COLUMBIA - There's nothing about them that catches the eye. Bigger than most, but hardly gargantuan. Ten fingers, none exceptionally thick or thin. On this particular day, they're hidden most of the time, tucked away deep inside the pockets of his black athletic pants.
His elbows reveal the price of their work, both brandishing matching dime-size scabs from receptions made with complete disregard for what is vertical and what is horizontal.
Colorado (4-3, 1-2 Big 12)
at No. 16 Missouri (5-2, 1-2)
WHEN: 5:30 p.m.
WHERE: Memorial Stadium
RADIO: KFRU/1400 AM, KBXR/102.3 FM
TV: Fox Sport
When senior tight end Chase Coffman raises his hands (though sometimes, it only takes one) to catch a speeding, spiraling football, they provide highlights few players in college football could duplicate. During Missouri's two-game losing streak, Coffman has been the only player whose production hasn't diminished while the Tigers have suffered losses to Oklahoma State and Texas. Rather, he's had the two best games of his career, hauling in career-highs of 11 and 12 receptions for 244 yards combined in the two games.
"A guy with his size, and his speed, and the length he has, and how he's able to handle that, and maneuver on people," quarterback Chase Daniel said. "It's just becoming old news. It's ridiculous; he's a freak."
Coffman, 6-foot-6 and 255 pounds, has been an obvious mismatch for both cornerbacks and linebackers alike since his first game more than three years ago, when he hauled in the first of his school record 24 touchdowns. For Coffman, it would be hard not to be excited to face Colorado on Saturday, a team that gave up three of those touchdowns in last season's 55-10 Missouri win in Boulder.
"Oh man, for a defensive back, that's the hardest matchup you're going to get in the whole NCAA," safety Justin Garrett said. "He's more fluid, like a receiver, but he's still got all the attributes of a big, physical tight end."
Not to mention reflexes more in line with a feline than a football player.
With an array of acrobatic, one-handed catches he hadn't shown off in his first three seasons as a Tiger, anyone who thought they saw Coffman peak in 2007 was dead wrong.
Coach Gary Pinkel called his one-handed catch against Oklahoma State, made while falling backward and drawing a pass interference penalty, "Honestly, the greatest catch I've ever seen."
Although Pinkel had a front row seat for that catch, the Nevada secondary found out the hard way that Coffman's hands are good for more than just catching the ball.
Against the Wolf Pack, Coffman caught a pass in the middle of the field and proceeded to put on a stiff-arm clinic, shoving off five separate Nevada defenders before being knocked out of bounds inside the 10-yard line.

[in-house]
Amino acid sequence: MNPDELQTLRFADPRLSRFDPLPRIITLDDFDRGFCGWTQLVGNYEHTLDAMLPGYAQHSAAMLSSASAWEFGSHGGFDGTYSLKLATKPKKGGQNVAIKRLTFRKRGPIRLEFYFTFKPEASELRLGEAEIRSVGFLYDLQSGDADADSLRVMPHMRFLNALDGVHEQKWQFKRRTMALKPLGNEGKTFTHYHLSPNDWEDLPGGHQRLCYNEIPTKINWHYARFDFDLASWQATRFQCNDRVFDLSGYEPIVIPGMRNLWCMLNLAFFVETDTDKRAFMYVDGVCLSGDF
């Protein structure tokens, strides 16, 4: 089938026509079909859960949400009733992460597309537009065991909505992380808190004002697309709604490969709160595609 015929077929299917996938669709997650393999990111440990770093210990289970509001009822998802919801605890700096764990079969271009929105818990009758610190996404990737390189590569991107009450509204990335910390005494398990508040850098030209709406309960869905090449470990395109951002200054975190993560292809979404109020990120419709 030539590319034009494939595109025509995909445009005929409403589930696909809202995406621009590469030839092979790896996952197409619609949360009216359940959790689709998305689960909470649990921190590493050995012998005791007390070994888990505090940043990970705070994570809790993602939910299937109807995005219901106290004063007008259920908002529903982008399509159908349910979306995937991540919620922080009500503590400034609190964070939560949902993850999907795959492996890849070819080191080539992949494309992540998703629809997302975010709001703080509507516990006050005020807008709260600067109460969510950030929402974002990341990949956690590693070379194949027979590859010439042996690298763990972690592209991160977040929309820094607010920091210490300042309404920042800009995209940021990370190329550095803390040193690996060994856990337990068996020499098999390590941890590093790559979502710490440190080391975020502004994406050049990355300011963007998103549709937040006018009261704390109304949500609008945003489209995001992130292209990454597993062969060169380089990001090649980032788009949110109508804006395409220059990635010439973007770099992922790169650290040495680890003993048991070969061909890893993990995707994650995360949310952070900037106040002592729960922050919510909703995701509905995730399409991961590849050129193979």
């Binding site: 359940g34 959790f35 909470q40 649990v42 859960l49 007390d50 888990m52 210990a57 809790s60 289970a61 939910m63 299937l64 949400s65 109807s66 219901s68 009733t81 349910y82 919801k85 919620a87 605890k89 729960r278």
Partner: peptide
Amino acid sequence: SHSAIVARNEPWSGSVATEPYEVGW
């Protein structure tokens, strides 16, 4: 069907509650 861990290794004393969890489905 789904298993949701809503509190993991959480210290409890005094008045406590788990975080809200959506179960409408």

A few weeks later, Texas safety Earl Thomas learned what Garrett figured out early when Coffman ripped an interception out of Thomas' hands and took it into the burnt-orange end zone for the Tigers' second touchdown of the second half Saturday.
"You've gotta get there before he does because when he grabs it, it's his," Garrett said.
Of course, it doesn't hurt to get a head start. Chase Coffman's dad, Paul Coffman, played 11 seasons in the NFL, most with the Green Bay Packers and Kansas City Chiefs, and caught 42 touchdowns while being named to three Pro Bowl teams.
"Every day when I came home from work, the kids and I would all go out in the yard," Paul Coffman said. "My wife always jokes it would be 10 degrees out and I'd say, ‘Get the kids out today,'... or it'd be 105 and there'd be warnings, but I'd just call Amy and say, ‘Make sure the kids are out playing today.' It's just a lifestyle."
It's that experience that's given Chase Coffman what his father had to earn: opportunities. At Kansas State, Paul Coffman walked on and didn't even suit up a game his freshman season. Chase Coffman's freshman season? He hauled in 47 catches for four touchdowns. Paul Coffman was undrafted out of college, and had to earn a roster spot with Packers through free agency. Chase Coffman is widely considered one of the best tight ends in the nation, and he could be drafted in the early rounds of April's NFL Draft.
"Success is sometimes harder to handle than adversity. Sometimes adversity makes you tougher and makes you want it more," Paul Coffman said. "Well, Chase's whole life, people have been telling him he's going to the NFL, he's going to Division I, he's the best at this or that. Just like I didn't listen to people telling me I couldn't do it, you can't listen to people telling you you've got it made."